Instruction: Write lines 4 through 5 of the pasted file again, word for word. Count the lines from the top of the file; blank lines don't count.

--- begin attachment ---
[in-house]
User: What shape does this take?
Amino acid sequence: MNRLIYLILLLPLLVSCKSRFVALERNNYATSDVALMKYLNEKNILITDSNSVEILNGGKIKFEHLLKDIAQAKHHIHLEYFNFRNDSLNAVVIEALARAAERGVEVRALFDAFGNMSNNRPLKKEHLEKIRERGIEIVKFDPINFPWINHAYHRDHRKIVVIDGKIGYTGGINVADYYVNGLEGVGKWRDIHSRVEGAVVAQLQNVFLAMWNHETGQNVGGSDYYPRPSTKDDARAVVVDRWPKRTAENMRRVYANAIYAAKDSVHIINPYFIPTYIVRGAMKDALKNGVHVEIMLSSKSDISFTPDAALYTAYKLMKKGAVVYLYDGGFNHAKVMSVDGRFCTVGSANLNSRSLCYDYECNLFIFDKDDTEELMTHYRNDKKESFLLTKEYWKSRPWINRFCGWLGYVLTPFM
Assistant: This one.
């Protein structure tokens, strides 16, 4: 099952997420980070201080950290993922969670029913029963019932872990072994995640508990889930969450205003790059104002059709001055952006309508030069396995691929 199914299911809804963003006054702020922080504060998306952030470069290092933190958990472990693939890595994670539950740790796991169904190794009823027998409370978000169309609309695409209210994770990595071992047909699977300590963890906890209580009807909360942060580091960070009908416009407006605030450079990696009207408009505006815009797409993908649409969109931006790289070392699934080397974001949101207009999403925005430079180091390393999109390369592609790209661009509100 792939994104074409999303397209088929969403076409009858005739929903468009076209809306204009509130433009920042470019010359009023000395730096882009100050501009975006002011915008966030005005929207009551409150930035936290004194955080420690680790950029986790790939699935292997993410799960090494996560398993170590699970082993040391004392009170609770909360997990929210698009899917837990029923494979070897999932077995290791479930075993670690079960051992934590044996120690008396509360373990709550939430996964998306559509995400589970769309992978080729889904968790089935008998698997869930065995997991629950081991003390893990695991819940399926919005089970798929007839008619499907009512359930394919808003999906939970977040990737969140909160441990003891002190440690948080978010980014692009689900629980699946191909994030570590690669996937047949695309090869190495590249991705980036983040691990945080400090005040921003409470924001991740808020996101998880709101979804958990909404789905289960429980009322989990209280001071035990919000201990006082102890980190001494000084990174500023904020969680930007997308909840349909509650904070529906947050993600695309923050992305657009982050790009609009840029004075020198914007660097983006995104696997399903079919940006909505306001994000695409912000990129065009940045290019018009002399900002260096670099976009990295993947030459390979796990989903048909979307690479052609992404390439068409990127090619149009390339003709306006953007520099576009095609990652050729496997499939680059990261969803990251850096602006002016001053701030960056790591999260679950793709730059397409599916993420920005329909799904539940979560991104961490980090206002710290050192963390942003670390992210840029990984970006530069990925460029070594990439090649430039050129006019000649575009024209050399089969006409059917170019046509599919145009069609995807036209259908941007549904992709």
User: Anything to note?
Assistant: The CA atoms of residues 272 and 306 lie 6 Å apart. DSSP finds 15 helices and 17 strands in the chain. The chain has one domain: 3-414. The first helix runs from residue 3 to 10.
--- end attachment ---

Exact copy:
Assistant: This one.
């Protein structure tokens, strides 16, 4: 099952997420980070201080950290993922969670029913029963019932872990072994995640508990889930969450205003790059104002059709001055952006309508030069396995691929 199914299911809804963003006054702020922080504060998306952030470069290092933190958990472990693939890595994670539950740790796991169904190794009823027998409370978000169309609309695409209210994770990595071992047909699977300590963890906890209580009807909360942060580091960070009908416009407006605030450079990696009207408009505006815009797409993908649409969109931006790289070392699934080397974001949101207009999403925005430079180091390393999109390369592609790209661009509100 792939994104074409999303397209088929969403076409009858005739929903468009076209809306204009509130433009920042470019010359009023000395730096882009100050501009975006002011915008966030005005929207009551409150930035936290004194955080420690680790950029986790790939699935292997993410799960090494996560398993170590699970082993040391004392009170609770909360997990929210698009899917837990029923494979070897999932077995290791479930075993670690079960051992934590044996120690008396509360373990709550939430996964998306559509995400589970769309992978080729889904968790089935008998698997869930065995997991629950081991003390893990695991819940399926919005089970798929007839008619499907009512359930394919808003999906939970977040990737969140909160441990003891002190440690948080978010980014692009689900629980699946191909994030570590690669996937047949695309090869190495590249991705980036983040691990945080400090005040921003409470924001991740808020996101998880709101979804958990909404789905289960429980009322989990209280001071035990919000201990006082102890980190001494000084990174500023904020969680930007997308909840349909509650904070529906947050993600695309923050992305657009982050790009609009840029004075020198914007660097983006995104696997399903079919940006909505306001994000695409912000990129065009940045290019018009002399900002260096670099976009990295993947030459390979796990989903048909979307690479052609992404390439068409990127090619149009390339003709306006953007520099576009095609990652050729496997499939680059990261969803990251850096602006002016001053701030960056790591999260679950793709730059397409599916993420920005329909799904539940979560991104961490980090206002710290050192963390942003670390992210840029990984970006530069990925460029070594990439090649430039050129006019000649575009024209050399089969006409059917170019046509599919145009069609995807036209259908941007549904992709």